Read of the Day: “The Gates Effect”
6:00 pm, July 17th | by Weiyu Li
In today’s Read of the Day, the Chronicle of Higher Education takes a look at the hundreds of millions of dollars the Bill & Melinda Gates Foundation has poured into attempting to overhaul higher education and seeks to answer why no one in academe seems grateful for the reform.
Most important, some leaders and analysts are uneasy about the future that Gates is buying: a system of education designed for maximum measurability, delivered increasingly through technology, and—these critics say—narrowly focused on equipping students for short-term employability.
Private foundations have shaped academe for decades. But Gates and its philanthropic partners, the Lumina and Kresge Foundations, are pioneering an activist approach to higher-education reform, one that emphasizes systemic change and demands quick, measurable results. This new approach has earned praise from some observers, who maintain that strategic, focused grant making is exactly what foundations should be doing.
But what if the focus is misguided? “College completion may be the wrong goal,” says Stanley N. Katz, who directs the Center for Arts and Cultural Policy Studies at Princeton University and has written critically about foundations.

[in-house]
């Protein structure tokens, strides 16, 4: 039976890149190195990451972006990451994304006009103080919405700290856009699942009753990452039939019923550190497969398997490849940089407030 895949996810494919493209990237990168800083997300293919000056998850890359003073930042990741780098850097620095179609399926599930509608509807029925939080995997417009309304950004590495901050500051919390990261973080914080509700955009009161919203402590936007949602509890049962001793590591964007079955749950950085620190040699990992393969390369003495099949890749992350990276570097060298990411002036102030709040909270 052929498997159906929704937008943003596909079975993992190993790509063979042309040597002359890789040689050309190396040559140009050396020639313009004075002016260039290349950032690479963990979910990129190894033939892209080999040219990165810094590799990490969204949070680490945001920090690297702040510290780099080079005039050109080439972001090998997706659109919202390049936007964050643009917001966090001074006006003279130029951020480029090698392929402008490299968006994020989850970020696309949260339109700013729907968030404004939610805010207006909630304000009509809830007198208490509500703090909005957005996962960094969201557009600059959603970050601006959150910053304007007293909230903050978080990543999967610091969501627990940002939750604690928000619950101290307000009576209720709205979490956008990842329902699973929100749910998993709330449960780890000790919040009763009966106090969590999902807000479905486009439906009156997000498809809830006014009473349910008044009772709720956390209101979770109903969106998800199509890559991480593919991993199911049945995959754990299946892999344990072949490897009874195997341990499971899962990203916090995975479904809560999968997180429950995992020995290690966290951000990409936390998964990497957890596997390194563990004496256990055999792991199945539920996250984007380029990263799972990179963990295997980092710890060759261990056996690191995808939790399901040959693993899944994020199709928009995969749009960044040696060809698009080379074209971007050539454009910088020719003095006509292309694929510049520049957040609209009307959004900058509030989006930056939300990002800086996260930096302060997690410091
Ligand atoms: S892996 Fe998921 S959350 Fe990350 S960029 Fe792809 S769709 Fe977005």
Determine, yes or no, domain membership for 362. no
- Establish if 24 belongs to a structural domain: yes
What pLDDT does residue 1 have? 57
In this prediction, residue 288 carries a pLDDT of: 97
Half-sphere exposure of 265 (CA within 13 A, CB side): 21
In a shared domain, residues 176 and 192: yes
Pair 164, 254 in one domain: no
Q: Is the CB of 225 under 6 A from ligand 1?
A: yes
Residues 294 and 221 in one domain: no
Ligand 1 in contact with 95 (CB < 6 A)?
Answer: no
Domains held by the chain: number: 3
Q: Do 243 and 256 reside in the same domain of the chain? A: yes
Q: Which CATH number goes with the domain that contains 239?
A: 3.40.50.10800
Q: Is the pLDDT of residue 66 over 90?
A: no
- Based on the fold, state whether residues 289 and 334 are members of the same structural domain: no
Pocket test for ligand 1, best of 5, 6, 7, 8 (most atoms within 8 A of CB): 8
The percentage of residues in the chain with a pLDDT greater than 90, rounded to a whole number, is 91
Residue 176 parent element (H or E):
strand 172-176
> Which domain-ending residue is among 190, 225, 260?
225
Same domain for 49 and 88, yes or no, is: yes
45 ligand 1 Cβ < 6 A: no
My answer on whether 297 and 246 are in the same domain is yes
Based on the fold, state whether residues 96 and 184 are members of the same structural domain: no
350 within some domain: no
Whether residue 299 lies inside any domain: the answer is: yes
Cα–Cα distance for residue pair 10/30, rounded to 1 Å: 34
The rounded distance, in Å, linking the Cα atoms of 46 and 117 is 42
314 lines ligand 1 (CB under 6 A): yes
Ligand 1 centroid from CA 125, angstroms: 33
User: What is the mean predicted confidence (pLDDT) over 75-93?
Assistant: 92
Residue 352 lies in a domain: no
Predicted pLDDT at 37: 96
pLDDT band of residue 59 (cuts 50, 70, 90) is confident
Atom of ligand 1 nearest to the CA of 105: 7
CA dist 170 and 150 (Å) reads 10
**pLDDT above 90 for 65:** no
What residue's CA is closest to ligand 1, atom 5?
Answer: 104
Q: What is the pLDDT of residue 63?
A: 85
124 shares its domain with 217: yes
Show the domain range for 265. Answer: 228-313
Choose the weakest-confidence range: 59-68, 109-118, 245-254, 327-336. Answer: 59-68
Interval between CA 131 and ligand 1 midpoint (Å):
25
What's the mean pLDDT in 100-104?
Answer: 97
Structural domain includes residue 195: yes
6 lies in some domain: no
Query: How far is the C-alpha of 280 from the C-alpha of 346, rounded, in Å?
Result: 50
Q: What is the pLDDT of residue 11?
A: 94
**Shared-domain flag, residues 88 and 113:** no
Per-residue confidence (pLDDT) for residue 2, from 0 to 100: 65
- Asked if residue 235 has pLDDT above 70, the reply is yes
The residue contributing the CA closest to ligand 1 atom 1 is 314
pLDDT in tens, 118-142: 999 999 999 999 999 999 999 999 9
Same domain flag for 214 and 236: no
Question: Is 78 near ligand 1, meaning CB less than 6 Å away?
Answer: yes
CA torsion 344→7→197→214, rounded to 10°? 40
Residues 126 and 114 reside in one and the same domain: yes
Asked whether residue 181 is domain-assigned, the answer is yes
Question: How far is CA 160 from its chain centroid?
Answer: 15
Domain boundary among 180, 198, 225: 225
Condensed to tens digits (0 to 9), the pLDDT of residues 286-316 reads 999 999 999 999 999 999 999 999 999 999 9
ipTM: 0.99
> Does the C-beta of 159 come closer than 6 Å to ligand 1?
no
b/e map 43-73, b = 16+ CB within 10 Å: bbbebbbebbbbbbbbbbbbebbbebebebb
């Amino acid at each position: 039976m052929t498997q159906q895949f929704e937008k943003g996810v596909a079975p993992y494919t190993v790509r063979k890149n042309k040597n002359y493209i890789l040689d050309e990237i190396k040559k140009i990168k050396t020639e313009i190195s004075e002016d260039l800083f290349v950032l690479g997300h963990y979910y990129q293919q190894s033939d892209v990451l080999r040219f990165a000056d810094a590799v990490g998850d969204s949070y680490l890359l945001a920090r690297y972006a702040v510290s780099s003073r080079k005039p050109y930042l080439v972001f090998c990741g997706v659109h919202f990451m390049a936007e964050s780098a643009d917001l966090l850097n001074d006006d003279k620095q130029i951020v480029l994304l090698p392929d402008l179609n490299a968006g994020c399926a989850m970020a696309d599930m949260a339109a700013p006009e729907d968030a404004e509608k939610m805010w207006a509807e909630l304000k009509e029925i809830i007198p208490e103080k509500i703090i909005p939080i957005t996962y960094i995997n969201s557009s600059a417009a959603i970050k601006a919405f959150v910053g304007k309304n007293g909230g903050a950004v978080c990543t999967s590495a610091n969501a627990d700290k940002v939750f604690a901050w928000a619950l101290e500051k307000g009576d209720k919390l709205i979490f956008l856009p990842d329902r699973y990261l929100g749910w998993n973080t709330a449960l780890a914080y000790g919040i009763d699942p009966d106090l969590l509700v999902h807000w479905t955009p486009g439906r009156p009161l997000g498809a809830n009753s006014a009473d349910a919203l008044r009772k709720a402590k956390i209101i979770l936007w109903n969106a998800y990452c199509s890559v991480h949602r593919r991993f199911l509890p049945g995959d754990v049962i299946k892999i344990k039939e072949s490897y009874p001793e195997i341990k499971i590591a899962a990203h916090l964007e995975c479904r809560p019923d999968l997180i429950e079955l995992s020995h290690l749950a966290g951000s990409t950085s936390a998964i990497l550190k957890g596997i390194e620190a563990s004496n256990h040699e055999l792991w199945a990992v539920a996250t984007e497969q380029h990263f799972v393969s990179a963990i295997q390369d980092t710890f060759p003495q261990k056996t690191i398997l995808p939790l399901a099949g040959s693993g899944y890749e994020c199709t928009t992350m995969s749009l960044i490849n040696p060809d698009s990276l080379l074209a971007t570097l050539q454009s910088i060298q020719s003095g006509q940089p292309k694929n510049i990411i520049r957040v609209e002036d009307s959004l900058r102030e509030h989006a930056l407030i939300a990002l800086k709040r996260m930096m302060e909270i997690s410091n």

“There is too much emphasis on getting people through the system, processing them,” he says. “That needs to be seen in relation to what students are in fact learning. It’s a big problem, and it’s getting very little discussion.”
The tactics of these foundations reflect broader trends that have transformed philanthropy in recent years. Since the 1990s, much of the foundation world has adopted elements of the “venture” or “catalytic”philanthropy model. The playbook? Be strategic. Tie everything to an overarching plan. Assess results rigorously. Cut losses quickly after failures.
And even the biggest of the foundations have come to feel, especially since the brutal recession, that the best way to make a difference is to tap into, or “leverage,” government money, through federal and state advocacy. They have the ears of lawmakers and regulators, but they answer to neither voters nor shareholders.
To read the full essay, click here.